Day 3: Rome was taken over by the Scouts of Italy. Everywhere we looked, we saw light blue button downs, corduroy shorts, knee high socks, and little neck scarves akin to the colors of the different groups of Harry Potter’s Hogwarts. We were unable to start our day off at St. Peter’s because the swarm of Scouts were headed there to be addressed by the Pope himself. Sadly, we owned no corduroy so we couldn’t join, but instead headed to the Vatican Museum where we wandered around for hours and tried to see all that we could see, but holy moly, that place was crowded! Unfortunately, some of the splendor of the masterpieces at the Vatican (Sistine Chapel, Laocoon group sculpture, etc) was underwhelming due to the overwhelming crowds of American and Japanese tourists alike with their whisperers, tour guides, and body odor. A self-diagnosed, crowd-induced claustrophobic can only handle so much, but I enjoyed the visit as long as I could endure it. At the time of our departure, I was more than ready for some fresh air and personal space. Sources told us that St. Peter’s line was ridiculously long, so our group headed to Castel Sant’Angelo which may have been my favorite part of the visit to Rome. The castle itself had lots of little winding pathways and we worked our way up to the top for a view of the city in all directions. The weather was perfect and the view was awe inspiring. From there, we headed to St. Peter’s, which is magnificent and in a league of its own in terms of extravagance and grandeur. Some of us tried to figure up a price to put on a place like that, and we were at a loss. It is simply priceless. After another long day, we ate some pasta, saw the Pantheon at night, and enjoyed our last in Rome.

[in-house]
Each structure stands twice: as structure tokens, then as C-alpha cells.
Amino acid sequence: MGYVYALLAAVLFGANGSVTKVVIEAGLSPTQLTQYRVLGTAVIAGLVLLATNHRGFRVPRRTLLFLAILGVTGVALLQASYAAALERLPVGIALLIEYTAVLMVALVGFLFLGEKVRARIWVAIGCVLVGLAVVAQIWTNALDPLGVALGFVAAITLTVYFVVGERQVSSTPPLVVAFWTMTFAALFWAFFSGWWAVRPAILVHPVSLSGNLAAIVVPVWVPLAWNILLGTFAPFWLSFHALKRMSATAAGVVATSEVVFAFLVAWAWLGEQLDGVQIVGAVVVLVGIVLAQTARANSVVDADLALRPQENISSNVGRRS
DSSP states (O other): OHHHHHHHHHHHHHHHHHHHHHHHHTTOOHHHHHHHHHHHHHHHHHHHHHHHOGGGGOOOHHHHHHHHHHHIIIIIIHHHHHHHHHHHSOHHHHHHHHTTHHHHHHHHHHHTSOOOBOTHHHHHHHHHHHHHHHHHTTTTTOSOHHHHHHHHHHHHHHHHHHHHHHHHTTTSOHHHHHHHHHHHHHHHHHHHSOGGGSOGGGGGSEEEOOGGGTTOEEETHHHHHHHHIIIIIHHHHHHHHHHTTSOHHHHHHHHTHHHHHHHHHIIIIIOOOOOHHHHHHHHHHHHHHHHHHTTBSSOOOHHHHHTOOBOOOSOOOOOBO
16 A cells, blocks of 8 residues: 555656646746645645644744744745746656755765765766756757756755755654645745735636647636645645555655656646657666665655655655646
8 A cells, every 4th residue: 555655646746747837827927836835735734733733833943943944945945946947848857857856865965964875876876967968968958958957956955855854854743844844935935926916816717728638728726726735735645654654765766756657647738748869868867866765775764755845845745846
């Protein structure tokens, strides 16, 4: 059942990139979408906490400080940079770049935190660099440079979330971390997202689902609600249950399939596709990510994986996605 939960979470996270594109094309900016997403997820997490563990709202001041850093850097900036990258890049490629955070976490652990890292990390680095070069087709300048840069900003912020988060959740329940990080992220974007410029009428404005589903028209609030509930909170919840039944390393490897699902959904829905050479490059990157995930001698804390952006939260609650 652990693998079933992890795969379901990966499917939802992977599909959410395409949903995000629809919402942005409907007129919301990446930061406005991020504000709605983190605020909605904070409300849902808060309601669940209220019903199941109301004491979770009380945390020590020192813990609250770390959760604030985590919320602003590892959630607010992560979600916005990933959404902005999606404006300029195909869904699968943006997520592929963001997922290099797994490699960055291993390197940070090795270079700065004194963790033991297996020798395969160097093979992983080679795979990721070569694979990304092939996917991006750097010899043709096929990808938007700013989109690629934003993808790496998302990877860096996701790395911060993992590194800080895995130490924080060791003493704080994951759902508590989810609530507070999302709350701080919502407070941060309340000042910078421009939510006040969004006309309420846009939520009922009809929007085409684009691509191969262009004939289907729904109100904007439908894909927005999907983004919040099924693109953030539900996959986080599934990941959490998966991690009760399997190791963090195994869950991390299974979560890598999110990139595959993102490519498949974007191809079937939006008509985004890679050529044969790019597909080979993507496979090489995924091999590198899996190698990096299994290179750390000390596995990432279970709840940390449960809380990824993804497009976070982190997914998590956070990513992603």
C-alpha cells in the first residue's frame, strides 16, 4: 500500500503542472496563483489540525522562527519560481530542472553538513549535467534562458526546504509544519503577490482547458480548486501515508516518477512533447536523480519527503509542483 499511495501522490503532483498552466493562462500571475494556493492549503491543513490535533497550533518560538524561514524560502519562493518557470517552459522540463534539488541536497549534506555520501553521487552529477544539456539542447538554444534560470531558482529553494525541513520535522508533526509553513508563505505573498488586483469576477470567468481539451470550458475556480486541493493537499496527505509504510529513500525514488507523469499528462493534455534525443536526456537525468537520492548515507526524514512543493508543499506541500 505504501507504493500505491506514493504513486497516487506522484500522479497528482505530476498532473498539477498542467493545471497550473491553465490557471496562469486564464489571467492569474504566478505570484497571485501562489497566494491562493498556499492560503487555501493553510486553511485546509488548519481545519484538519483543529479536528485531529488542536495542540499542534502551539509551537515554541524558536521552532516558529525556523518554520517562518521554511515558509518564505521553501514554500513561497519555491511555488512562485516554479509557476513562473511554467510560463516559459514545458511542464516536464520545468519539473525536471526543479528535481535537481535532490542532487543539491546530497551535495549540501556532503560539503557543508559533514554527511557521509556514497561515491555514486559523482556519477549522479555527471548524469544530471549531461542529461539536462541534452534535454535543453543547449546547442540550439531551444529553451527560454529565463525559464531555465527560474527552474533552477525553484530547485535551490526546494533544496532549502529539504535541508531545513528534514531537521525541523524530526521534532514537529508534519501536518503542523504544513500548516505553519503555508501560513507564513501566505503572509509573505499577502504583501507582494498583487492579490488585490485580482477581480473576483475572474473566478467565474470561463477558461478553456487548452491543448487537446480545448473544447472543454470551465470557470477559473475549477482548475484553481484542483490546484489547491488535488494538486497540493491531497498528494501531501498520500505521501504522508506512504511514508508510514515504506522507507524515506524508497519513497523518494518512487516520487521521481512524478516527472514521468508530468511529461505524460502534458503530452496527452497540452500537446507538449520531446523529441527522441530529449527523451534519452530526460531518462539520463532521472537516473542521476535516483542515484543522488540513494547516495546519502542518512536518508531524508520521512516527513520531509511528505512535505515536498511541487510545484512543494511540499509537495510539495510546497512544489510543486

Day 4: Another early start took us to the Villa Borghese, where I could gawk at the masterpieces of Bernini for days. He is my favorite sculptor and I loved looking at his David, Apollo and Daphne, etc….we had the remainder of the day free up to our train departure at 4. We walked through what I would compare to New York’s Central Park, guided by a nice old man on a bike who potentially followed our group solely to guide us in the right direction. He was probably chuckling to himself at our inability to grasp a sense of direction, but he kept us on the right path which led us to yet another breathtaking view of the city and down to the Piazza de Popolo where we listened to a man sing some opera in the square. We dined at a cafe for lunch and then roamed along some streets and in and out of shops before meeting up at the Spanish steps and heading back to our hotel to grab our bags and go to the train station. I navigated the bus system and made it to the station where we wandered through the Moleskine shop wondering if Robbie is in heaven every time he enters such a shop, and then boarded our train and came back to the villa.
This was really the first time where returning to the villa offered a warm sense of welcome and familiarity after a wonderful but whirlwind trip. Our days in Rome were marked with many Lizzie McGuire references–namely singing every song from the movie regardless of where we were or what we were doing. I have a feeling I’ll be returning to Rome one day. Even a week later, I write this still in awe of the mix of ancient history and modern hubbub of the great city of Roma!